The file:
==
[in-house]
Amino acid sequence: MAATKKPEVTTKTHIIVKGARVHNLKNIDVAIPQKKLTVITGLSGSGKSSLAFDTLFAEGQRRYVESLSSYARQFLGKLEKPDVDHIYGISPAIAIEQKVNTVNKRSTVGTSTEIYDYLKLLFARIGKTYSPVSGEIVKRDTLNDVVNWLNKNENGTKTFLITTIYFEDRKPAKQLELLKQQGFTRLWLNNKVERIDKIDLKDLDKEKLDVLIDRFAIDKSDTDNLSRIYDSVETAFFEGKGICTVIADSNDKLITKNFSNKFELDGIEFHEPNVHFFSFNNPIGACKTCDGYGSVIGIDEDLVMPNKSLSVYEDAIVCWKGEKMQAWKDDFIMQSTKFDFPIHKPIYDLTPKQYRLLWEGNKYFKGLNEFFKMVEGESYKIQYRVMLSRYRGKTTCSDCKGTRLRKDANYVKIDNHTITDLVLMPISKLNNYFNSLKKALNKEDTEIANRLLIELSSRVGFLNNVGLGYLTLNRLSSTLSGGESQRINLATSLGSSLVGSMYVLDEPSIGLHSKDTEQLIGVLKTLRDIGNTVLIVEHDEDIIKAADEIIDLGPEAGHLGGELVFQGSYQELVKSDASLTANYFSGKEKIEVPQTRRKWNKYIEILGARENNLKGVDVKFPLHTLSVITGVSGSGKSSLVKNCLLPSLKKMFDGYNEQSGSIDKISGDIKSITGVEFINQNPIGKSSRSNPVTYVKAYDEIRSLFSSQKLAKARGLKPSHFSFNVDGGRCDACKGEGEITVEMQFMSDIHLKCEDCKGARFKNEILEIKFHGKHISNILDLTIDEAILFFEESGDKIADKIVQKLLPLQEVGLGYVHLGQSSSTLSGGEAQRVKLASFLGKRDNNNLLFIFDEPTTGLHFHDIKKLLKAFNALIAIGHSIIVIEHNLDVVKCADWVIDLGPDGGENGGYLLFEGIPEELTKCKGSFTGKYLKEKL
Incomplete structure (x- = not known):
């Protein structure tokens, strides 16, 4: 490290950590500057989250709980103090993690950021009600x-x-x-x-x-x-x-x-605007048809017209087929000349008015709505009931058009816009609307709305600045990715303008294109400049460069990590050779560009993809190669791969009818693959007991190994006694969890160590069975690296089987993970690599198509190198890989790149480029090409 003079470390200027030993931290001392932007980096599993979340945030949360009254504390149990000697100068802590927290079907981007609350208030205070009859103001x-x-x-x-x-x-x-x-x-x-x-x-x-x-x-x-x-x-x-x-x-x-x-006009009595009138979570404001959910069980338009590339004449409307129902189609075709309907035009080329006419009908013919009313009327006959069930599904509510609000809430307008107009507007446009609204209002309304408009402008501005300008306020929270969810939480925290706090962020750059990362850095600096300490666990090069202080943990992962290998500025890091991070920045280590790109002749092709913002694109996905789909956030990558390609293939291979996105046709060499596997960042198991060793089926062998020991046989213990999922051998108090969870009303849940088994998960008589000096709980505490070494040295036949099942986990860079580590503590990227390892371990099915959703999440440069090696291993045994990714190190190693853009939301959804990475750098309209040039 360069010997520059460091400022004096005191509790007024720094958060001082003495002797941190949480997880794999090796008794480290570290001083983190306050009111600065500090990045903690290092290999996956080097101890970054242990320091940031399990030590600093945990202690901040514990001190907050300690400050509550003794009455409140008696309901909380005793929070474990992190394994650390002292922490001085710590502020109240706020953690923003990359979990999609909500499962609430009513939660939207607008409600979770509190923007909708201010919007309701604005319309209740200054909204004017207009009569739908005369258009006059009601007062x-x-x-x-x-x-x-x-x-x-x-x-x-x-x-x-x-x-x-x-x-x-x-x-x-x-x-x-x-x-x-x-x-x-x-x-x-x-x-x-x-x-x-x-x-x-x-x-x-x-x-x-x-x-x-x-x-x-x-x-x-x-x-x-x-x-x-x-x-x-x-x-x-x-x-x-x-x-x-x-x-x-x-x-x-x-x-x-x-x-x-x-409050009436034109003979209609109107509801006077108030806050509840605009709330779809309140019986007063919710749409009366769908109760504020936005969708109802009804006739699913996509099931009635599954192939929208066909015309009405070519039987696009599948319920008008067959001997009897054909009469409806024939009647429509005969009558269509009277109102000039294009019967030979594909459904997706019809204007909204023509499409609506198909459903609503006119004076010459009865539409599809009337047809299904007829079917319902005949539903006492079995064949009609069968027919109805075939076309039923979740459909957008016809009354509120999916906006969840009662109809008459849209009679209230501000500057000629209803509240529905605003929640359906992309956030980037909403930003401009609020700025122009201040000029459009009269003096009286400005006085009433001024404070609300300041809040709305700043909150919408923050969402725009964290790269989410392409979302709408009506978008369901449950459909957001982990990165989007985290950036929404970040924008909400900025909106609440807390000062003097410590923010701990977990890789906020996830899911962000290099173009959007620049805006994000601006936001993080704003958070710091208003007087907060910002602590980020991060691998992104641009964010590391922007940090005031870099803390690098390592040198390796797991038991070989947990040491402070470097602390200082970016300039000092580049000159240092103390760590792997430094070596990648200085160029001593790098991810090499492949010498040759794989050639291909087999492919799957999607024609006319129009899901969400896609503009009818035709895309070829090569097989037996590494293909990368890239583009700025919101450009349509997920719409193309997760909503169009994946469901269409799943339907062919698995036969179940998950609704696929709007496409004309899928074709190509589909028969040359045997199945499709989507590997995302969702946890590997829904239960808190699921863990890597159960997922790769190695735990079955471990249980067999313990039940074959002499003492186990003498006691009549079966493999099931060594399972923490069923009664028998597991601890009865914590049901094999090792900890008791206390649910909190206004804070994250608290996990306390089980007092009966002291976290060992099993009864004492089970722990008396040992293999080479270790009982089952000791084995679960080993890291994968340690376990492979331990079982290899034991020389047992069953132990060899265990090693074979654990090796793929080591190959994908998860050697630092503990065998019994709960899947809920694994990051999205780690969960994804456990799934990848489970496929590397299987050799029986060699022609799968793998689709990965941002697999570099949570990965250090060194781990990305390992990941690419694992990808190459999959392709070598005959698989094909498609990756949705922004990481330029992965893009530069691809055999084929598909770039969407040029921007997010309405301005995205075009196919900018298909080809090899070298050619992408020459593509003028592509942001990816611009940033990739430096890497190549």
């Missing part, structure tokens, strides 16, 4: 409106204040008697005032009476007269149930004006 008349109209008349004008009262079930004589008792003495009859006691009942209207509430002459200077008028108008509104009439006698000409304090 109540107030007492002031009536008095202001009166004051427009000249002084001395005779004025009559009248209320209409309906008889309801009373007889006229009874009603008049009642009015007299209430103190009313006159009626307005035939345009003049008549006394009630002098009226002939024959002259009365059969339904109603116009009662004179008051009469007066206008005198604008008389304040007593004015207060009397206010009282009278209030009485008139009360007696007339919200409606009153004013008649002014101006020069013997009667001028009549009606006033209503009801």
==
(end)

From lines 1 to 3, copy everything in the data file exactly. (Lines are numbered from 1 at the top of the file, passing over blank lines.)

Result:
[in-house]
Amino acid sequence: MAATKKPEVTTKTHIIVKGARVHNLKNIDVAIPQKKLTVITGLSGSGKSSLAFDTLFAEGQRRYVESLSSYARQFLGKLEKPDVDHIYGISPAIAIEQKVNTVNKRSTVGTSTEIYDYLKLLFARIGKTYSPVSGEIVKRDTLNDVVNWLNKNENGTKTFLITTIYFEDRKPAKQLELLKQQGFTRLWLNNKVERIDKIDLKDLDKEKLDVLIDRFAIDKSDTDNLSRIYDSVETAFFEGKGICTVIADSNDKLITKNFSNKFELDGIEFHEPNVHFFSFNNPIGACKTCDGYGSVIGIDEDLVMPNKSLSVYEDAIVCWKGEKMQAWKDDFIMQSTKFDFPIHKPIYDLTPKQYRLLWEGNKYFKGLNEFFKMVEGESYKIQYRVMLSRYRGKTTCSDCKGTRLRKDANYVKIDNHTITDLVLMPISKLNNYFNSLKKALNKEDTEIANRLLIELSSRVGFLNNVGLGYLTLNRLSSTLSGGESQRINLATSLGSSLVGSMYVLDEPSIGLHSKDTEQLIGVLKTLRDIGNTVLIVEHDEDIIKAADEIIDLGPEAGHLGGELVFQGSYQELVKSDASLTANYFSGKEKIEVPQTRRKWNKYIEILGARENNLKGVDVKFPLHTLSVITGVSGSGKSSLVKNCLLPSLKKMFDGYNEQSGSIDKISGDIKSITGVEFINQNPIGKSSRSNPVTYVKAYDEIRSLFSSQKLAKARGLKPSHFSFNVDGGRCDACKGEGEITVEMQFMSDIHLKCEDCKGARFKNEILEIKFHGKHISNILDLTIDEAILFFEESGDKIADKIVQKLLPLQEVGLGYVHLGQSSSTLSGGEAQRVKLASFLGKRDNNNLLFIFDEPTTGLHFHDIKKLLKAFNALIAIGHSIIVIEHNLDVVKCADWVIDLGPDGGENGGYLLFEGIPEELTKCKGSFTGKYLKEKL
Incomplete structure (x- = not known):